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To BCC3 Control Board, or not to BCC3 Control Board
December 3, 2013 10:30 AM   Subscribe

A question regarding an impending attempt to replace the control board in our furnace myself. Extenuating circumstances: Approaching Arctic Cold Front.

The story so far:
~ Furnace breaks down: fan won't come on.
~ Repairman comes and diagnoses problem: Control board frizzed
~ Good news: We can use furnace by keeping fan turned on all the time. Heat cycles normally.
~ Kind repairman mentions: I can find a control board online and replace it myself for WAY cheaper ($118 vs $900+)
~ Control board ordered and will arrive tomorrow.
~ Arctic Cold Front will also arrive tomorrow with temps close to 0 degrees.

So... I'm pretty confident I can replace this thing. It appears to be simple moving of connections to identical connections on the new board - one at a time so there's no chance for mix up.

But, I've never done it before. AND, it's going to be big-time-cold tomorrow when I get this board.

My options:

1. Go for it, and hope it works. If it does not, I'll be without heat. I can try to replace the old board and restore the limited functionality we have.

2. Wait for a week+ for warmer weather (predicted) and do it then in case it's a bust.

Furnace saavy Mefites: Have you ever replaced one of these thangs? Do you know the ways of furnaces? What do you suggest?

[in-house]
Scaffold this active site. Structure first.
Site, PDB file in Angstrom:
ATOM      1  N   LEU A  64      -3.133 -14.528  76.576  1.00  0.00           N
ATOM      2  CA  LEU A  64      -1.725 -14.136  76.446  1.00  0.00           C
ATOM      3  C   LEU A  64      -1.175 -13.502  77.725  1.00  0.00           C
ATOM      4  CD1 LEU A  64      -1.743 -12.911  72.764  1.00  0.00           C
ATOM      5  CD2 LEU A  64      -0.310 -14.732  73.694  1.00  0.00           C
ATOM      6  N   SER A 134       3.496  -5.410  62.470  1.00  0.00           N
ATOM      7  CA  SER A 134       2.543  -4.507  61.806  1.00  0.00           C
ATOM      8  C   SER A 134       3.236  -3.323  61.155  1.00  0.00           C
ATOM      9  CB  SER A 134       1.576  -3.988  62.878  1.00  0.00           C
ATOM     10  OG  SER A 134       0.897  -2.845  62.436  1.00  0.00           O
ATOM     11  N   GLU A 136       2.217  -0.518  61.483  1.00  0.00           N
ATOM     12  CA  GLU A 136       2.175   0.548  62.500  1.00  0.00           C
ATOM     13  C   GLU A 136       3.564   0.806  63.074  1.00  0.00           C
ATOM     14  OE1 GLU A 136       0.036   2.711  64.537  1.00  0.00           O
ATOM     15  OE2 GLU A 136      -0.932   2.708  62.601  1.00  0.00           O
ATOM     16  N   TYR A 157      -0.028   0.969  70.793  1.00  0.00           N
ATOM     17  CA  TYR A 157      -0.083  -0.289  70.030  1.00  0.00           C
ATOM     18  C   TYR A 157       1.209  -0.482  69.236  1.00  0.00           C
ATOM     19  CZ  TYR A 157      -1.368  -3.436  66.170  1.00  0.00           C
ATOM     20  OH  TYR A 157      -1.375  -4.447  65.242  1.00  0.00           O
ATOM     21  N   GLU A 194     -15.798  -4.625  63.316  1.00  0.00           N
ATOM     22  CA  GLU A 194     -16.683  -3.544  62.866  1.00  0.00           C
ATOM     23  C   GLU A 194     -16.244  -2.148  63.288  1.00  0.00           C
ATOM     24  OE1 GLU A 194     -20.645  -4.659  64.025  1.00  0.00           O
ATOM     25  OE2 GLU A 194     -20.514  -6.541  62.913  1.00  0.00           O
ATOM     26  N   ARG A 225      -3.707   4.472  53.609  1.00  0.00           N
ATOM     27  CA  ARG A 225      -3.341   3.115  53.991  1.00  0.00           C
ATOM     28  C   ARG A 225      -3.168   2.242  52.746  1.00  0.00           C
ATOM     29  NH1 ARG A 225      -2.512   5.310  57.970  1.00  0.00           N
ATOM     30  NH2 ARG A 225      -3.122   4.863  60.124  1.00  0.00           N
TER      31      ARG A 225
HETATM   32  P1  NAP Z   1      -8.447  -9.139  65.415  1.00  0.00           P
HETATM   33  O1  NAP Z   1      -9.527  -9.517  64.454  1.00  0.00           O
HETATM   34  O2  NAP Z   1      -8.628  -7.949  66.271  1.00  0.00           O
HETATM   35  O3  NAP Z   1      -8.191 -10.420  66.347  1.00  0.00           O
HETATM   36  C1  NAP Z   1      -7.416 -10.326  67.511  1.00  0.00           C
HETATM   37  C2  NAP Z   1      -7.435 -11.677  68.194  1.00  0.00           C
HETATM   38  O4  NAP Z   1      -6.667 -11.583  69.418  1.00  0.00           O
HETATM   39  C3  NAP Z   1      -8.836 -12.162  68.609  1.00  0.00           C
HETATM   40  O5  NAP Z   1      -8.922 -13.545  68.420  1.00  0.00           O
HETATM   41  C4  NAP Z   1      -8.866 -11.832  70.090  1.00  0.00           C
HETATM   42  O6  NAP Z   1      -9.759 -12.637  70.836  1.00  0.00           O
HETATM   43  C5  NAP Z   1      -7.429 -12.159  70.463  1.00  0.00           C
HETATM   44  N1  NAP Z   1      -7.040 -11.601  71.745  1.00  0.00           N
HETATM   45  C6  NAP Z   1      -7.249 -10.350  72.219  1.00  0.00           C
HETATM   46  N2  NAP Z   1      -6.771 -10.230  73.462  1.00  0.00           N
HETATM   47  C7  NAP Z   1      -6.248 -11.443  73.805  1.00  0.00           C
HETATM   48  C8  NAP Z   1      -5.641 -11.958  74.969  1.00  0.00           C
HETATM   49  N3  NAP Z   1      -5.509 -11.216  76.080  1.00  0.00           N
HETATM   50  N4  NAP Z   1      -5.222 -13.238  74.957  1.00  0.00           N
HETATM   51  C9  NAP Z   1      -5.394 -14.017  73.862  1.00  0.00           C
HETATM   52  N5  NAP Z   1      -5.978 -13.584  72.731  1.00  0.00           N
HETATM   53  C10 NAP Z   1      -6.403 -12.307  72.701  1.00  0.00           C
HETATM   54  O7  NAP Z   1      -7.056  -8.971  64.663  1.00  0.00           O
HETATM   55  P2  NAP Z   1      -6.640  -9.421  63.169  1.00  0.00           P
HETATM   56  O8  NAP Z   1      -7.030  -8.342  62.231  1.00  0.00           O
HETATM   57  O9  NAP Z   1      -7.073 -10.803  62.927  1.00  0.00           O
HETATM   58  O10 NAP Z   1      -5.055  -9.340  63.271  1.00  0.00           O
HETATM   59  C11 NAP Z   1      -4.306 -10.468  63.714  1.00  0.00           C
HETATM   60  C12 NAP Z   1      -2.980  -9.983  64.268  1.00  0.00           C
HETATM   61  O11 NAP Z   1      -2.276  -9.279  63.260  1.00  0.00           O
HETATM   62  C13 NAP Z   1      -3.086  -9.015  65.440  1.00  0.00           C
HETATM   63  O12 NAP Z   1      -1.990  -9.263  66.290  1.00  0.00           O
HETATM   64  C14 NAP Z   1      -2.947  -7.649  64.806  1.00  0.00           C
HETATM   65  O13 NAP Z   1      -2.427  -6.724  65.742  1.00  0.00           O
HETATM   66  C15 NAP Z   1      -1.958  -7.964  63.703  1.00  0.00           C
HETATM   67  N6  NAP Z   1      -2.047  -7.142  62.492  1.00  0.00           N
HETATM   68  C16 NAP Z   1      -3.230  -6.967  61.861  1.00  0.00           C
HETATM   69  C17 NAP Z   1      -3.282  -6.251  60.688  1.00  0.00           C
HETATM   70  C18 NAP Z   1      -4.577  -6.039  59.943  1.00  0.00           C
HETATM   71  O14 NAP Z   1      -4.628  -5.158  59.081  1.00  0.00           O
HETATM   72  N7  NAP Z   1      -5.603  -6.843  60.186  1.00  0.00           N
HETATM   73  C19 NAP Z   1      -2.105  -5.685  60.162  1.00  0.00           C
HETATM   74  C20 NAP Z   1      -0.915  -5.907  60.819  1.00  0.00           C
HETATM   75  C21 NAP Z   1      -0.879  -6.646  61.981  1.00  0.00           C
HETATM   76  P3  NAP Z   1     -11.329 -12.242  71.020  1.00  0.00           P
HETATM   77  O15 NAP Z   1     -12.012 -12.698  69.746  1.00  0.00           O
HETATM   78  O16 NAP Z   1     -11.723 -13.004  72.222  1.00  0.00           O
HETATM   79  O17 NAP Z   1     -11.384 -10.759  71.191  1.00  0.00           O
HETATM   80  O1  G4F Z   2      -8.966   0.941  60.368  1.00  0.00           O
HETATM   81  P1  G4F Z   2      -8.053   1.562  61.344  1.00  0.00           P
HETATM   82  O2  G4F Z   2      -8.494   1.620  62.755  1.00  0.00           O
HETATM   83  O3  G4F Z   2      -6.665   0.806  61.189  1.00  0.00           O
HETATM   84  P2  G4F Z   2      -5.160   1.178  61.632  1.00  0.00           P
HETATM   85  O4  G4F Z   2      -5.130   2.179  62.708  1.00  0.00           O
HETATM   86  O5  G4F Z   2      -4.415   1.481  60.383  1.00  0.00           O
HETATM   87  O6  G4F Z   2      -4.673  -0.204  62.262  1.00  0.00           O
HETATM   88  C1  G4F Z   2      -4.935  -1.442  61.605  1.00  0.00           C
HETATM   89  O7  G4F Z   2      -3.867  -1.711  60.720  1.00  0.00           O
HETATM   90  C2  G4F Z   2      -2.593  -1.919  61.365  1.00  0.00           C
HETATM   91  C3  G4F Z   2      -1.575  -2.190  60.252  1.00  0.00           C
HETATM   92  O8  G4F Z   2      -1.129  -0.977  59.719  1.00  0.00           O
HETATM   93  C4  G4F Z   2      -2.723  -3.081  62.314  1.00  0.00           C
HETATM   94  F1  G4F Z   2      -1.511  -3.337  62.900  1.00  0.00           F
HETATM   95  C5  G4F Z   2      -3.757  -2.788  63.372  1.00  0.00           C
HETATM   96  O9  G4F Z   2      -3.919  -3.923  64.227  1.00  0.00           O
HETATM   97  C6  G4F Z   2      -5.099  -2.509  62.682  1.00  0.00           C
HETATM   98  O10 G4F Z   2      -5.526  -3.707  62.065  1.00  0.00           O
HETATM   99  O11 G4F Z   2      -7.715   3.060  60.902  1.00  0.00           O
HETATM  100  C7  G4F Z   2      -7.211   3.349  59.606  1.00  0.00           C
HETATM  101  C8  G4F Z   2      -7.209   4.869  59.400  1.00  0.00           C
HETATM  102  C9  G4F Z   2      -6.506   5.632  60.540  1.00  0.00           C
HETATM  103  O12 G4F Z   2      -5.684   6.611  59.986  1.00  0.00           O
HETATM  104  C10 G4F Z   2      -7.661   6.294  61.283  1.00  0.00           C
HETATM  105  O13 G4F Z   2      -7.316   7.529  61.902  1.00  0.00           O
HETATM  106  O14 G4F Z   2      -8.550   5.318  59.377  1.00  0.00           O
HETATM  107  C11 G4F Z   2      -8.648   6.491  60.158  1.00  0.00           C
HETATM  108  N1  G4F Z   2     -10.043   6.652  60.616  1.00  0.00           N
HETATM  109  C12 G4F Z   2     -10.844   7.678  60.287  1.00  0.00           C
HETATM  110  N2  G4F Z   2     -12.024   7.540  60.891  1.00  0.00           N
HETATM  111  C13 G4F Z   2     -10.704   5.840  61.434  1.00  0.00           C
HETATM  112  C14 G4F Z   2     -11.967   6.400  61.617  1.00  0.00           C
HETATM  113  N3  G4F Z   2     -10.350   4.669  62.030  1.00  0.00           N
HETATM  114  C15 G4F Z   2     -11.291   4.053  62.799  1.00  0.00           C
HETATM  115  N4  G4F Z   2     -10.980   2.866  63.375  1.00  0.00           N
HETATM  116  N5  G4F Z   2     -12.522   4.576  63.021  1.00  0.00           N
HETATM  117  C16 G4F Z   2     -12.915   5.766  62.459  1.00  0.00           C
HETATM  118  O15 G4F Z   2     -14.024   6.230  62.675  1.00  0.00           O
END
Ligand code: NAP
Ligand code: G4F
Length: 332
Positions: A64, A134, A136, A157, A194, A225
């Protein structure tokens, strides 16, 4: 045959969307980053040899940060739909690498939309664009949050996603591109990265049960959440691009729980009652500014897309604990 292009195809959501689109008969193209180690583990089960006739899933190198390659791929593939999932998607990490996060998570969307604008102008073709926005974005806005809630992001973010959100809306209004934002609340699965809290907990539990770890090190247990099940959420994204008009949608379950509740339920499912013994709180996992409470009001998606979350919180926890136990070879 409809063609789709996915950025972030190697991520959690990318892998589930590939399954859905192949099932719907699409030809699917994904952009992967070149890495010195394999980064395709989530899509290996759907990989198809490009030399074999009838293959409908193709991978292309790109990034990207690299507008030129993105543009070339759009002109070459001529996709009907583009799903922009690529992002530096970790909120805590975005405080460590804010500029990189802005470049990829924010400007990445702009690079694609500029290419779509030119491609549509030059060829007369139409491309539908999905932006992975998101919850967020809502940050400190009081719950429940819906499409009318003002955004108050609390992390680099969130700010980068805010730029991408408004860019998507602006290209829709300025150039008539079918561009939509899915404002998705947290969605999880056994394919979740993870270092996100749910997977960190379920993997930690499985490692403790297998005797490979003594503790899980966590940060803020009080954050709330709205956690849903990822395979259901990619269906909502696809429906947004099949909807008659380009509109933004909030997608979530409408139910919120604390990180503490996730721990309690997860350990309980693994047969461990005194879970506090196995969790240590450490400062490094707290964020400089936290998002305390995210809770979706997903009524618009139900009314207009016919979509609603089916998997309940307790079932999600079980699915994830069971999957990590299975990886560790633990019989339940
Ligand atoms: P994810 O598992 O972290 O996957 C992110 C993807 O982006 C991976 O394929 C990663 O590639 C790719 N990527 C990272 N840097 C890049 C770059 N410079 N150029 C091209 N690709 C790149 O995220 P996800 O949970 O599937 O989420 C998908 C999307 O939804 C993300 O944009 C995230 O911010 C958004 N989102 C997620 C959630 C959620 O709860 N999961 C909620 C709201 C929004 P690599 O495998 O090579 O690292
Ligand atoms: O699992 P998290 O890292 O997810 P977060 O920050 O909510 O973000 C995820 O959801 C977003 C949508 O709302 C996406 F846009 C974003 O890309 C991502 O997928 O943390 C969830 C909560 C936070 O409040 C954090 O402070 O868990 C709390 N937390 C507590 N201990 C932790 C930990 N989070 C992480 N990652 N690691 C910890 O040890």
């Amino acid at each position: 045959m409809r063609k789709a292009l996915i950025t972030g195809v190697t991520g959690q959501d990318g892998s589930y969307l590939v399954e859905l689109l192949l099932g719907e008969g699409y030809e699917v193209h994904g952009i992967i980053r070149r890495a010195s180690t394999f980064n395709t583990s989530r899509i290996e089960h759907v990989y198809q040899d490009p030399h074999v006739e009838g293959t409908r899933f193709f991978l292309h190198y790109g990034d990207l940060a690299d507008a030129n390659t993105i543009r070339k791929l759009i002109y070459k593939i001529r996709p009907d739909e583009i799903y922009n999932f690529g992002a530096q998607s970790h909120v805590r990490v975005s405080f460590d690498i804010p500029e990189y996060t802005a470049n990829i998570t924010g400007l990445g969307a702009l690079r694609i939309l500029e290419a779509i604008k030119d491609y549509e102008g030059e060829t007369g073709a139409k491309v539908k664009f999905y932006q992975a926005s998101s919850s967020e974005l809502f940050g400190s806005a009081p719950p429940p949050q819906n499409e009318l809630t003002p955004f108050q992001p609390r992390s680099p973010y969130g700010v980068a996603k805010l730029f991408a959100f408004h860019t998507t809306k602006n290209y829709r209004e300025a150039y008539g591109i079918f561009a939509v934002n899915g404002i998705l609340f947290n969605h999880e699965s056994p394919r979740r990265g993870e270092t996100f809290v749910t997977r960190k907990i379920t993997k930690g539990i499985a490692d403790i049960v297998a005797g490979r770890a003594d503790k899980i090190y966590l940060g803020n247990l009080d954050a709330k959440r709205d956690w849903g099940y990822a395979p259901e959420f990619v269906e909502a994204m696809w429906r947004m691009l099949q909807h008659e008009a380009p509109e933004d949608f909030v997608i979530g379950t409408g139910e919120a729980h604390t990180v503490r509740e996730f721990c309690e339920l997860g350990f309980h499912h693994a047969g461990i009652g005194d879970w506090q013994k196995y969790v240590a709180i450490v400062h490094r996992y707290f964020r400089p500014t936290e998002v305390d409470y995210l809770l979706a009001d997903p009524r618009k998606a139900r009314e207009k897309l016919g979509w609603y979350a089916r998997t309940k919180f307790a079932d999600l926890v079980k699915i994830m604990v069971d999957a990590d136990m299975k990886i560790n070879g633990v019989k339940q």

posted by ecorrocio to Home & Garden (7 answers total)
 
Should also add... keeping the fan on all the time is a pain. Especially at night... and will be bothersome during the upcoming cold snap.
posted by ecorrocio at 10:32 AM on December 3, 2013


Provided I have the power well and truly cut to the thing while moving connections and such around, I'd be comfortable giving it a go myself. Take pictures of everything throughout so you can put it all back if need be.

Was the $900 for parts and labor? Or just the part? What about having him install the board you bought?
posted by jquinby at 10:35 AM on December 3, 2013


jquinby: Their stock price for control board replacement was $960. How they get from $118 for the board (even less wholesale) to $960 is beyond me. My guess is it's a 15 minute job. I didn't feel I could ask him to install. He works for a big-ish company and said "you didn't hear this from me but you could buy this online etc..."